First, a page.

Framing Mental Health for Student Success

Fatima Rahiman

The silent or second pandemic – a phrase increasingly recognised as the spill-over of Covid-19’s impact on public mental health - particularly that of young adults, women and people living with young children, is high on the agenda globally. Siyaphumelela, in its bid to mitigate challenges to student success for which mental health is paramount, understands this need and has begun work, through its recently constituted workstream, to address this issue in the higher education sector.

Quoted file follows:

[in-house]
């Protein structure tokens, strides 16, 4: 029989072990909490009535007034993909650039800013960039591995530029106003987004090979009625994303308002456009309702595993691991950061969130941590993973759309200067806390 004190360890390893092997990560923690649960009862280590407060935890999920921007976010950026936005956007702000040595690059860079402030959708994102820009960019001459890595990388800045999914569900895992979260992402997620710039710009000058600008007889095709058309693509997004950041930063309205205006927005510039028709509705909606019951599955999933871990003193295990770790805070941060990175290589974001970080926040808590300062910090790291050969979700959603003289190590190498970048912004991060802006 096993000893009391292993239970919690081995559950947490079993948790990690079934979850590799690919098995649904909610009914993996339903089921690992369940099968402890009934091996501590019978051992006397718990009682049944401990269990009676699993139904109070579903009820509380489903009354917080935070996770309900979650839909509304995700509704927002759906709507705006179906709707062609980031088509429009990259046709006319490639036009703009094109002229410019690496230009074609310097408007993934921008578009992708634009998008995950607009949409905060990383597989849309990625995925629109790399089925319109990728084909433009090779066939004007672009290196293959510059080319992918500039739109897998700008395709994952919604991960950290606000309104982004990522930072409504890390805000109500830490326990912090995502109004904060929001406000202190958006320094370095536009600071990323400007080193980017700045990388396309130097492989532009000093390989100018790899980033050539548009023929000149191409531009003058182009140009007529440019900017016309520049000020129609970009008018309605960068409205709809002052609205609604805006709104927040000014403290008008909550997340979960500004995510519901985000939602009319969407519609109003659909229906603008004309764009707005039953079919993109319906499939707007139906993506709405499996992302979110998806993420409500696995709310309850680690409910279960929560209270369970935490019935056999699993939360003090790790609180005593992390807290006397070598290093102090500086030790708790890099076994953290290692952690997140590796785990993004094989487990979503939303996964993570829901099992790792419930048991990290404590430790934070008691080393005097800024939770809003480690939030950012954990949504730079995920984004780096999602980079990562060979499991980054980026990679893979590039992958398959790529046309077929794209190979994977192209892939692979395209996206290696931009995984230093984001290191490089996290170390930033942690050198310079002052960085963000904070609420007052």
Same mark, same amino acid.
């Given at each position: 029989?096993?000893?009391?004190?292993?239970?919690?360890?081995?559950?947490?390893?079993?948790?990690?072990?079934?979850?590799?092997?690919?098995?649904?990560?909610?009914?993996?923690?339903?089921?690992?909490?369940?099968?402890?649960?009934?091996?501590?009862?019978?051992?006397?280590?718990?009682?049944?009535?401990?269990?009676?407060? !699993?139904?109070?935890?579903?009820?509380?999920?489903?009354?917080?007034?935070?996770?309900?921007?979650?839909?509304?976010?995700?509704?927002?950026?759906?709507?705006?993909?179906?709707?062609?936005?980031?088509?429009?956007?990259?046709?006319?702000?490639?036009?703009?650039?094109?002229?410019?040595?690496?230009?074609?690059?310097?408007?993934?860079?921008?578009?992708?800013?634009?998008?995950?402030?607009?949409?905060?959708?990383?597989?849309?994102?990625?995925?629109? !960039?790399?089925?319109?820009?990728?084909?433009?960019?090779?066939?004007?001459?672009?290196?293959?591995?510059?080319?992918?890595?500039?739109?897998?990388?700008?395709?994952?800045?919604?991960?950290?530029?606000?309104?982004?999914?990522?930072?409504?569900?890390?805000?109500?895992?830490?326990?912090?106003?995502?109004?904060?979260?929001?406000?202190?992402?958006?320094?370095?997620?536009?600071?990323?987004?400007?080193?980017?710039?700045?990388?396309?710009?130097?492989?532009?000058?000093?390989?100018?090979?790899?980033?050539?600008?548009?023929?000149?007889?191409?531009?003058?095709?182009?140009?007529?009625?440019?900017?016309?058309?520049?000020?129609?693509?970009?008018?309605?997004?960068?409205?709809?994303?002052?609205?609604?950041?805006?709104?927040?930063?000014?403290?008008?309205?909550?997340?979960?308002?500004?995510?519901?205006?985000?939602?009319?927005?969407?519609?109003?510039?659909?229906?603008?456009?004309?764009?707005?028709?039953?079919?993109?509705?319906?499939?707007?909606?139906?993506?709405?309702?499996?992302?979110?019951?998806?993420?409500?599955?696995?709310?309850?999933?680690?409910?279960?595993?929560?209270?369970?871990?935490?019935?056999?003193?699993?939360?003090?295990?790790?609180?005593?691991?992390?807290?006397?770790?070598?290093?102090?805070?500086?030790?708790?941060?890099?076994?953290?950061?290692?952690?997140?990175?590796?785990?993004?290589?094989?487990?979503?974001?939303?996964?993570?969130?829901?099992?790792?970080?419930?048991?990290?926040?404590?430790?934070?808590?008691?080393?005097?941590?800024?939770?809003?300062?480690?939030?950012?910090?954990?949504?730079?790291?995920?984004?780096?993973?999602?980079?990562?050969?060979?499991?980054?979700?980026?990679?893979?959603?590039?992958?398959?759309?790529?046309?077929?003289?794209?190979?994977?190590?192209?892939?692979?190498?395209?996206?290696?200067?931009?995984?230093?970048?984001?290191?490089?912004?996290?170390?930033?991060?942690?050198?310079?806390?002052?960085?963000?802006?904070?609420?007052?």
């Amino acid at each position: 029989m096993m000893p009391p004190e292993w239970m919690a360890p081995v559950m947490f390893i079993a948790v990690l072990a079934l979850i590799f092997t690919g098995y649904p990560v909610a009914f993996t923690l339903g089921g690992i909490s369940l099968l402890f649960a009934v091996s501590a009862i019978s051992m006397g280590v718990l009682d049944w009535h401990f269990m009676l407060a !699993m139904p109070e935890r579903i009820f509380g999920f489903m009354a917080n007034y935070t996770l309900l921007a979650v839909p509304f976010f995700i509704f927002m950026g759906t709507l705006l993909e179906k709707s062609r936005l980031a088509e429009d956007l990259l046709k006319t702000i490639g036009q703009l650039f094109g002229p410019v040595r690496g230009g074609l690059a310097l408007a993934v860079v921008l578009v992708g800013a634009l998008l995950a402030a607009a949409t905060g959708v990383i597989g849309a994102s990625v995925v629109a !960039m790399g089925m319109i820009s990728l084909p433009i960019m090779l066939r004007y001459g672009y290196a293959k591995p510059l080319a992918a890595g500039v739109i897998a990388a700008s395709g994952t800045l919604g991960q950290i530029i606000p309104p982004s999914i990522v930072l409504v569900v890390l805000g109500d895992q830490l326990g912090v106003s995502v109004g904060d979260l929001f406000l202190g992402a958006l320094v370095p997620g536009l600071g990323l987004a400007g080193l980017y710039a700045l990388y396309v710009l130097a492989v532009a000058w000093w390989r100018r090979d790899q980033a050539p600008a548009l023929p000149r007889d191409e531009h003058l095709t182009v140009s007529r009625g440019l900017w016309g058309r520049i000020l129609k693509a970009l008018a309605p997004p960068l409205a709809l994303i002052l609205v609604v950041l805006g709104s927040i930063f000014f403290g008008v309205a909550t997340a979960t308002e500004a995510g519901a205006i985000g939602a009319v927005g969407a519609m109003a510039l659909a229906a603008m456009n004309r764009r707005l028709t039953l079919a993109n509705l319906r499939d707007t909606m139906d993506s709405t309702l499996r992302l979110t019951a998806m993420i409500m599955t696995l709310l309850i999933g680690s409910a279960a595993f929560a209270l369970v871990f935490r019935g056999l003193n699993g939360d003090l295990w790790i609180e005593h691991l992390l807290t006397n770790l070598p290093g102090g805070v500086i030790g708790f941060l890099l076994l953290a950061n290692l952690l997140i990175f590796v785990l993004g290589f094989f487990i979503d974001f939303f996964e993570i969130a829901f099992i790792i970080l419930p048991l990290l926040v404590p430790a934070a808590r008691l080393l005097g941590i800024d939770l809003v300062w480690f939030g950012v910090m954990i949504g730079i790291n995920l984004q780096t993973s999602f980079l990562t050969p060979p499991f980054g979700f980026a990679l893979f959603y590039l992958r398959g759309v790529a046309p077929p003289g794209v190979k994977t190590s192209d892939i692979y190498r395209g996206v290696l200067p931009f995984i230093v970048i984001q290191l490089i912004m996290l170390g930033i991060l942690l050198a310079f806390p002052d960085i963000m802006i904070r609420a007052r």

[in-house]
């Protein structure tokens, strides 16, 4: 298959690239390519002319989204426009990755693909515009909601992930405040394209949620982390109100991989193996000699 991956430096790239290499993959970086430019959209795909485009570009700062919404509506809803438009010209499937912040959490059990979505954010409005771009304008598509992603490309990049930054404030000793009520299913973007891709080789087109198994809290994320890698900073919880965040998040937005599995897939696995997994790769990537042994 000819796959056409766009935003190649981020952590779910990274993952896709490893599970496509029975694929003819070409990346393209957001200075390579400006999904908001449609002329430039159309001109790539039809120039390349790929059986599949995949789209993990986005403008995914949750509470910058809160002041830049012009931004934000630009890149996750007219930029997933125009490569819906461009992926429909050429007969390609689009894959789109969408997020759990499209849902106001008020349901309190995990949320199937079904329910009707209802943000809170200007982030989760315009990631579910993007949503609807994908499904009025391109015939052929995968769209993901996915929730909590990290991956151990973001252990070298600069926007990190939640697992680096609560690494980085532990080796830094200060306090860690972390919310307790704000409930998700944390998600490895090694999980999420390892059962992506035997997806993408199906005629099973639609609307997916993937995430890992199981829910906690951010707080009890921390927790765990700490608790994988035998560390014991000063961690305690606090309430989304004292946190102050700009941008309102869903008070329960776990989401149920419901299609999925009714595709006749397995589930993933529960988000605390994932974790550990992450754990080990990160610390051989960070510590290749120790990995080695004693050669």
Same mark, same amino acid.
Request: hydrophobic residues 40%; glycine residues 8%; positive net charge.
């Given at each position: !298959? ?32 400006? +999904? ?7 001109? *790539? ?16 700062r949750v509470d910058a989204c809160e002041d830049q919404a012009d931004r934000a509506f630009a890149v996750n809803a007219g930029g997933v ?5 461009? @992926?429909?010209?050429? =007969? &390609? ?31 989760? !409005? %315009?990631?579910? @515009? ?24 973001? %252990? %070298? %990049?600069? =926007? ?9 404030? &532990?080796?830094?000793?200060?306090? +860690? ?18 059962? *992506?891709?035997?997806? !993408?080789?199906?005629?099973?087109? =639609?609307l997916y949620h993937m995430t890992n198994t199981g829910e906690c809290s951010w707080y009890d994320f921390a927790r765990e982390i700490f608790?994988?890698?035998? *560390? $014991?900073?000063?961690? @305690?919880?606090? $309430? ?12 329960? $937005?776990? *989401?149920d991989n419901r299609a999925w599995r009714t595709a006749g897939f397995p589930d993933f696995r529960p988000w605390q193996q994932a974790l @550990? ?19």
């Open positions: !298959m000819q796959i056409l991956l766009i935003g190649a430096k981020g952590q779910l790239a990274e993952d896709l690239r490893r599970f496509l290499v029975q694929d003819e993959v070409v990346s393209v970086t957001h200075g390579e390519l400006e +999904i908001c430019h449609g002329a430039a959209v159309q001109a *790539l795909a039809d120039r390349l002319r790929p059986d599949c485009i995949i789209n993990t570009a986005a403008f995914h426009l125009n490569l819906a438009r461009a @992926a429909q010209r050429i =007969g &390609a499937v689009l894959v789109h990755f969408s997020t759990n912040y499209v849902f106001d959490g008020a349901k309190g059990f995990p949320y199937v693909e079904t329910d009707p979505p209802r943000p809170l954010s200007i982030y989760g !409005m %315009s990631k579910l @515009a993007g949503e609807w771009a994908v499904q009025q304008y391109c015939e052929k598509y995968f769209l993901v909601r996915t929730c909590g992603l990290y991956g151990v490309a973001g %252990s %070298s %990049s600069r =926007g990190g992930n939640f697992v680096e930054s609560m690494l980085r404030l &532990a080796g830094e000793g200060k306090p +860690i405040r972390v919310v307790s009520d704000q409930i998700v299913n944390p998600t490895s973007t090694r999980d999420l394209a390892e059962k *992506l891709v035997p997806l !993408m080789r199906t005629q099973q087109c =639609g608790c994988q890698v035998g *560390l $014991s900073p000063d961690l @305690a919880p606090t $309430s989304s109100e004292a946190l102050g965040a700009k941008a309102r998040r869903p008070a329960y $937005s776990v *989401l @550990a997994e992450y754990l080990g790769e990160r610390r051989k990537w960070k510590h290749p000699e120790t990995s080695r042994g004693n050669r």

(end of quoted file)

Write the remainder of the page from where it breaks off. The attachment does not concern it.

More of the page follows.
“Mental health in an unequal world” - the theme of the past October’s World Mental Health day, cast a spotlight on the inequities or precarity that accelerates this second pandemic. In particular, in South Africa with the socioeconomic legacy of apartheid and inequality dynamics – termed the ‘’manufactured viruses’’, the Mental Health Awareness day spawned a host of media articles, peppered with sobering statistics about the vast number of affected South Africans with mental health issues before the Covid pandemic, and how this figure has since been exacerbated by the pandemic.